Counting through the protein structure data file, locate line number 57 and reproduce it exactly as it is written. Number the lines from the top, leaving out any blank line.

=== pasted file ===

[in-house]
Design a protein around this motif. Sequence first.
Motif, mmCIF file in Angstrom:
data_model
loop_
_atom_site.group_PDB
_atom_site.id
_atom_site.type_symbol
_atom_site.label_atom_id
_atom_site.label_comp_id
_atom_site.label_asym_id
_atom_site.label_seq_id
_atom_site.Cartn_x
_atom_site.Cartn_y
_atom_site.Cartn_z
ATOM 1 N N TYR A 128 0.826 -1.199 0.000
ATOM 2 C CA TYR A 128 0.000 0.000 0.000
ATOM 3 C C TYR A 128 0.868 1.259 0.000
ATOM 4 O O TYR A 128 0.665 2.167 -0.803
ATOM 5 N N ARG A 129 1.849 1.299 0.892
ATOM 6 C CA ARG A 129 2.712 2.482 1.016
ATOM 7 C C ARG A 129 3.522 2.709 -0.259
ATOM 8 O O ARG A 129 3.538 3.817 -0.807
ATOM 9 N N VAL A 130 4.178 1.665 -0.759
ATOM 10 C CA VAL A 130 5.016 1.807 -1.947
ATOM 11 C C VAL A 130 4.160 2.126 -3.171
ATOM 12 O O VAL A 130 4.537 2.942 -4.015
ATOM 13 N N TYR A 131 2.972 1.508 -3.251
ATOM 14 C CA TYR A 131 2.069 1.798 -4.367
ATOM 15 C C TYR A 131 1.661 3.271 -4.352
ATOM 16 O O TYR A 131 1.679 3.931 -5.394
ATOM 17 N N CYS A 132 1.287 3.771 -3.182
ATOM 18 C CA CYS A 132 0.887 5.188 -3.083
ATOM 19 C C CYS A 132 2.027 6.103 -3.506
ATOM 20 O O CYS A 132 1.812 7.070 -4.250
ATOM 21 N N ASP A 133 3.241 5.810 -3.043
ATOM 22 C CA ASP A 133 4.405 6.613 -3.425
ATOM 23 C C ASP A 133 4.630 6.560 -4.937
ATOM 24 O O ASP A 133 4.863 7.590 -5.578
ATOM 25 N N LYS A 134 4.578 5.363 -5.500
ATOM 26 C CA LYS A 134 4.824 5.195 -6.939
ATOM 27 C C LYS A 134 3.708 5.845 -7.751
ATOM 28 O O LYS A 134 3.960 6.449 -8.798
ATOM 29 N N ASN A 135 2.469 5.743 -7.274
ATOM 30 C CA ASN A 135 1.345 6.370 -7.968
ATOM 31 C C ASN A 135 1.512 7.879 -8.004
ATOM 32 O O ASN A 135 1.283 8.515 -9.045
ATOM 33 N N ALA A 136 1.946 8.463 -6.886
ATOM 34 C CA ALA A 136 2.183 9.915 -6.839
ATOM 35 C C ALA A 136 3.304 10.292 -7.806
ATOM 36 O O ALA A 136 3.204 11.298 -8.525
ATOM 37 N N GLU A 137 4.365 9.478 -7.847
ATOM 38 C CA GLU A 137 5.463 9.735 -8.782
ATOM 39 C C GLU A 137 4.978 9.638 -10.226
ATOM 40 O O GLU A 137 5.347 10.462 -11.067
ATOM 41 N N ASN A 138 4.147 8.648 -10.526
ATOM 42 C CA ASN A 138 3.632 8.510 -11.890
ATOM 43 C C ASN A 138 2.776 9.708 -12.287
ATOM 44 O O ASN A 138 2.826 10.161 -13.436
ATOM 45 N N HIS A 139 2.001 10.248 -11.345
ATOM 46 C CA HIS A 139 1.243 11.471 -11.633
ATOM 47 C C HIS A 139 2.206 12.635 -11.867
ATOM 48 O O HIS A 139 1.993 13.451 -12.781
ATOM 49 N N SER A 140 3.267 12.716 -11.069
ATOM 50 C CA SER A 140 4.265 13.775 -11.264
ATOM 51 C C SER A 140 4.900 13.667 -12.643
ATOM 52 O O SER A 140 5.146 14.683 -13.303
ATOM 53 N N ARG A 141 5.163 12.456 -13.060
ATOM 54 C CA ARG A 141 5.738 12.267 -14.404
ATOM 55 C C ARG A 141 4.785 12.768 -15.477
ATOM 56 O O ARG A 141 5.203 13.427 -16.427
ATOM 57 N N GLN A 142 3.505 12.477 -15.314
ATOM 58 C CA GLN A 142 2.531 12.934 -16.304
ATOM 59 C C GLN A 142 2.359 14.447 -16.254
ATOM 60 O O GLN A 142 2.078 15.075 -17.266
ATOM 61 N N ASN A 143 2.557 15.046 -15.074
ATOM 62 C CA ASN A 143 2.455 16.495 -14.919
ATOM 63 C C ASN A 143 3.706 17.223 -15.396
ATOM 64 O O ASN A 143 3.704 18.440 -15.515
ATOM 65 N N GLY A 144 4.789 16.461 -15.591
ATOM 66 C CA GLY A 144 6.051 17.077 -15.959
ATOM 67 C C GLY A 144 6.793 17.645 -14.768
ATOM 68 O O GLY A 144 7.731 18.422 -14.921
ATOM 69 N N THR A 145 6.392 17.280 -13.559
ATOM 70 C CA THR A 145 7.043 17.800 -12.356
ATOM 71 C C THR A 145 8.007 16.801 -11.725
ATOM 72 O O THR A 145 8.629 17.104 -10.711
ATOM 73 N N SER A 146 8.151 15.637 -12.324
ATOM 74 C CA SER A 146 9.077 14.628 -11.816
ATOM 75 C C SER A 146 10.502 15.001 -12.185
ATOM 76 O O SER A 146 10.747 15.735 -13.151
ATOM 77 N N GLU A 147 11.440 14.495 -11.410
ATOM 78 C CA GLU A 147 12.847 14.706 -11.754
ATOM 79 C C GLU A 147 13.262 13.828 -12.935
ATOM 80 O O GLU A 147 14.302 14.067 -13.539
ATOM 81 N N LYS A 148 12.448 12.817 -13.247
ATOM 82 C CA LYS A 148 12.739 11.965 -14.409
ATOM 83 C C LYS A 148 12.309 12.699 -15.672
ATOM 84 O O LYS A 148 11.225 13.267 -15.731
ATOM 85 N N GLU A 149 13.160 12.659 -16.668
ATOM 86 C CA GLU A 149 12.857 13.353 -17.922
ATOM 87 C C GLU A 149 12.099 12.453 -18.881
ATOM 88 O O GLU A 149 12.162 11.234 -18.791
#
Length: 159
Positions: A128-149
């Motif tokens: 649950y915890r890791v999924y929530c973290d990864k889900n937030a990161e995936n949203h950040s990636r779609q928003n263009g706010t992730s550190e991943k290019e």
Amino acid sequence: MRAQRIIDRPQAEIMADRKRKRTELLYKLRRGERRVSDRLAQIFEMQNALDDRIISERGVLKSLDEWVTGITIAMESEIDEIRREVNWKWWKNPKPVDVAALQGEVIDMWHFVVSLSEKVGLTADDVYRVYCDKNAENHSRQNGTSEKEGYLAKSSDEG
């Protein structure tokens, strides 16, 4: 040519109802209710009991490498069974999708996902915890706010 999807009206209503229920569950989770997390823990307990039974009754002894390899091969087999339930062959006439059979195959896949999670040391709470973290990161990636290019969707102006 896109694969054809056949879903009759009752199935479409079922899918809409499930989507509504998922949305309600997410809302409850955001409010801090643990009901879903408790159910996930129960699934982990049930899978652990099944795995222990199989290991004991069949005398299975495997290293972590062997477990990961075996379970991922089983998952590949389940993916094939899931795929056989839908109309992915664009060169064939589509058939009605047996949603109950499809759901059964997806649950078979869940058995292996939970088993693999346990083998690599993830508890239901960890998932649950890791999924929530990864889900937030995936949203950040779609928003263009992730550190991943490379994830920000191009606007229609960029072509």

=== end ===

ATOM 42 C CA ASN A 138 3.632 8.510 -11.890